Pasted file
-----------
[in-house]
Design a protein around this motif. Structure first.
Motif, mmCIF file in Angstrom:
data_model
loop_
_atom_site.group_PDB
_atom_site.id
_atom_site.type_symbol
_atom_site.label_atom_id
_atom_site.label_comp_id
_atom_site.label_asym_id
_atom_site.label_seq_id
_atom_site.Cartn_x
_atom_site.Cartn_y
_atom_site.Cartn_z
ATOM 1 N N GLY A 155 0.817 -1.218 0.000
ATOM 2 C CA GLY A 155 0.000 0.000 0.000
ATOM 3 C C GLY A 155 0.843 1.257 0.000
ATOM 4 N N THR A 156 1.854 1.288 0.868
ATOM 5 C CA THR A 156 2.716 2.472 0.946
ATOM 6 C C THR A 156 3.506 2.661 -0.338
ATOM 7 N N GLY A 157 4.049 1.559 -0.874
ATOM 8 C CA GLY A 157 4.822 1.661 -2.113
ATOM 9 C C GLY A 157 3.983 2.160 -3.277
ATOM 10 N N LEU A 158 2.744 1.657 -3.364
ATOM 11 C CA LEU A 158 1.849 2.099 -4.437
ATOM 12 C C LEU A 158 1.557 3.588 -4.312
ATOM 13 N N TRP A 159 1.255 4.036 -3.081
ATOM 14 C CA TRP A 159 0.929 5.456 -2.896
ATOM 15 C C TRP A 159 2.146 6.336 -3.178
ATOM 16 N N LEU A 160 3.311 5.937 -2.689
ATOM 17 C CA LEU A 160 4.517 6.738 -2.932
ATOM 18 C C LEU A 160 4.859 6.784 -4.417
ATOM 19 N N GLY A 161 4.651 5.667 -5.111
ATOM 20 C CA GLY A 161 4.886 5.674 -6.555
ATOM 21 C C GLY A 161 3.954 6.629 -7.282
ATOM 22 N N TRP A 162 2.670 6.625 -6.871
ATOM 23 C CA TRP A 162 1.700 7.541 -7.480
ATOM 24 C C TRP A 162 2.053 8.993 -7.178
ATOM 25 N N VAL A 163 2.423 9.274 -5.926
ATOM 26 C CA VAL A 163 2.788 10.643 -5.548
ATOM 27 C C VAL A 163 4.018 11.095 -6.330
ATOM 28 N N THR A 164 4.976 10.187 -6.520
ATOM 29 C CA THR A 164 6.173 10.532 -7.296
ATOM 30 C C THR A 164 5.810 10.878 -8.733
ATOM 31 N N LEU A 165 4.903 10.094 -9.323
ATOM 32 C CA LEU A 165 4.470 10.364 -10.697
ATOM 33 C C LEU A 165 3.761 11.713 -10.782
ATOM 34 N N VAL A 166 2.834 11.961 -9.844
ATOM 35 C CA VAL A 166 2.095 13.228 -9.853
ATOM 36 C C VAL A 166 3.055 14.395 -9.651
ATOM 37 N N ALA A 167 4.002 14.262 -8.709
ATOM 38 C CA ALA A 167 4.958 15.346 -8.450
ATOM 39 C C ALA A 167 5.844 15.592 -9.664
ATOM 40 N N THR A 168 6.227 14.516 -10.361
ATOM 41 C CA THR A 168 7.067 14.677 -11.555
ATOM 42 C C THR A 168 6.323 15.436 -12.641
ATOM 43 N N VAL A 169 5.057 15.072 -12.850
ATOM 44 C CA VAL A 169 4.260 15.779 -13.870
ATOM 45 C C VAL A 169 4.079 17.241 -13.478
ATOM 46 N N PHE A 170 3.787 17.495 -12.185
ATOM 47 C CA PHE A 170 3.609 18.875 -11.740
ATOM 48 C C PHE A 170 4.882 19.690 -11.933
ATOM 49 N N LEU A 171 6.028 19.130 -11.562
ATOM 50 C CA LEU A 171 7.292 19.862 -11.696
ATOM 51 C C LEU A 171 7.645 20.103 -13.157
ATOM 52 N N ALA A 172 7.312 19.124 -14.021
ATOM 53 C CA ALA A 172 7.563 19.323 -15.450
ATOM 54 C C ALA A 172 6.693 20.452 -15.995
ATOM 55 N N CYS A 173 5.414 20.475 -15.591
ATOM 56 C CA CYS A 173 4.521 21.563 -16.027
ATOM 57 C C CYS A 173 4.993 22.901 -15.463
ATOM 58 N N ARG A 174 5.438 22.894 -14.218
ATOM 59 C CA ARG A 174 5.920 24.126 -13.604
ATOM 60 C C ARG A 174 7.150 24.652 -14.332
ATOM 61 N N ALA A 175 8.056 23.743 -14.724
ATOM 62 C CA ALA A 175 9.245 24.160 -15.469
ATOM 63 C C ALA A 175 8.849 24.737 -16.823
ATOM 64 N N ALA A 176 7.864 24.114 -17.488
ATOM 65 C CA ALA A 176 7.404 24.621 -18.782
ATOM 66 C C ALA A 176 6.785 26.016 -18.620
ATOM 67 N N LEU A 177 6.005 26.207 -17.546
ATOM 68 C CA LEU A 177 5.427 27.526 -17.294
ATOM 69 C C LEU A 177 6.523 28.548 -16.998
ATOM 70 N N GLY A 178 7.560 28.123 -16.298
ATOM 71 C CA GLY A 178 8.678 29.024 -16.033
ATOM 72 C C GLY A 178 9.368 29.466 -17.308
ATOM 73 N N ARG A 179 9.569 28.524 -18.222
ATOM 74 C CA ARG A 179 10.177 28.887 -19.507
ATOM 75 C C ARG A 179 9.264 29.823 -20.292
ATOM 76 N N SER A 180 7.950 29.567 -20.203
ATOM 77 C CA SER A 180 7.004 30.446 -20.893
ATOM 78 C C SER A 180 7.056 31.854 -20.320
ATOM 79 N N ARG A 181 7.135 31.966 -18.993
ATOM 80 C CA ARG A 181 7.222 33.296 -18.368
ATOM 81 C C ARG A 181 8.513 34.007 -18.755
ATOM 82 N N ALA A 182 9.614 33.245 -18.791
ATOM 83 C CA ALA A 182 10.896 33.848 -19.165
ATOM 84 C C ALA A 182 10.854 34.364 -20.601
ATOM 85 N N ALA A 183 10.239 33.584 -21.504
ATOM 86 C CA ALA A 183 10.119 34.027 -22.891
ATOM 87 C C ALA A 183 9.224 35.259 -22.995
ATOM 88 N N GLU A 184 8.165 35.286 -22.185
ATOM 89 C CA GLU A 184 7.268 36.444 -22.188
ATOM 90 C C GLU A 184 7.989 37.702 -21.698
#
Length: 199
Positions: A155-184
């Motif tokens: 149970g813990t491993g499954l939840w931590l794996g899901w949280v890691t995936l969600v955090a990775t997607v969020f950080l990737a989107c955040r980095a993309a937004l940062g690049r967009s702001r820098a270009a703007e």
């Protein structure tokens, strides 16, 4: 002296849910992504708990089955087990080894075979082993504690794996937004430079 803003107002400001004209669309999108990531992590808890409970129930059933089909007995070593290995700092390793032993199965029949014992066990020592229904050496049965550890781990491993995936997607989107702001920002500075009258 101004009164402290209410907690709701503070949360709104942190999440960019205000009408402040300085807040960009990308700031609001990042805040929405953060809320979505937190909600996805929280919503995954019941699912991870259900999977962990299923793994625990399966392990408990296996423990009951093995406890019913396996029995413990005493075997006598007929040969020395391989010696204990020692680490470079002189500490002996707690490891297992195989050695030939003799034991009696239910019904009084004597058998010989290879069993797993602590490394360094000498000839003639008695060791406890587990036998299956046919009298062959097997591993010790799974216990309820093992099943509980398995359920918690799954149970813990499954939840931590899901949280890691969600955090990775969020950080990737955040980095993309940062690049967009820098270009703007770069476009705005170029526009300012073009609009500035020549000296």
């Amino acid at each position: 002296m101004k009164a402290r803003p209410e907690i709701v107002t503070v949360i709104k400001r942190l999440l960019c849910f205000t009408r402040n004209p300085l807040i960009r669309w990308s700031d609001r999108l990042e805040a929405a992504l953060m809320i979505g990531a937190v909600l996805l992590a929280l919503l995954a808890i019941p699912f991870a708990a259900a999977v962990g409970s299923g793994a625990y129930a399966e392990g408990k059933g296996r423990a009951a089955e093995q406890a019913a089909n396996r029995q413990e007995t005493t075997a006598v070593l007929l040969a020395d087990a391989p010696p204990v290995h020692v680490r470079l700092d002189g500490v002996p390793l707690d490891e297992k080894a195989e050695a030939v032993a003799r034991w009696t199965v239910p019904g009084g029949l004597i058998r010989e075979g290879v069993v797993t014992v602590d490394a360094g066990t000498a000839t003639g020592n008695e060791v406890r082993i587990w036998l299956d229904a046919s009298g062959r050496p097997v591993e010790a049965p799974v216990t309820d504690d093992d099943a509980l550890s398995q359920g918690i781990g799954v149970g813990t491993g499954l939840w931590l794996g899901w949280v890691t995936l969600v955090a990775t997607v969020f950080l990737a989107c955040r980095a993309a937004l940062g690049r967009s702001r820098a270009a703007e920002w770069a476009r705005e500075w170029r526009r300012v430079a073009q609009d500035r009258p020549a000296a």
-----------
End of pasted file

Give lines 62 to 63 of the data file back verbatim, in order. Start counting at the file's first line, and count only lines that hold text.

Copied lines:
ATOM 47 C CA PHE A 170 3.609 18.875 -11.740
ATOM 48 C C PHE A 170 4.882 19.690 -11.933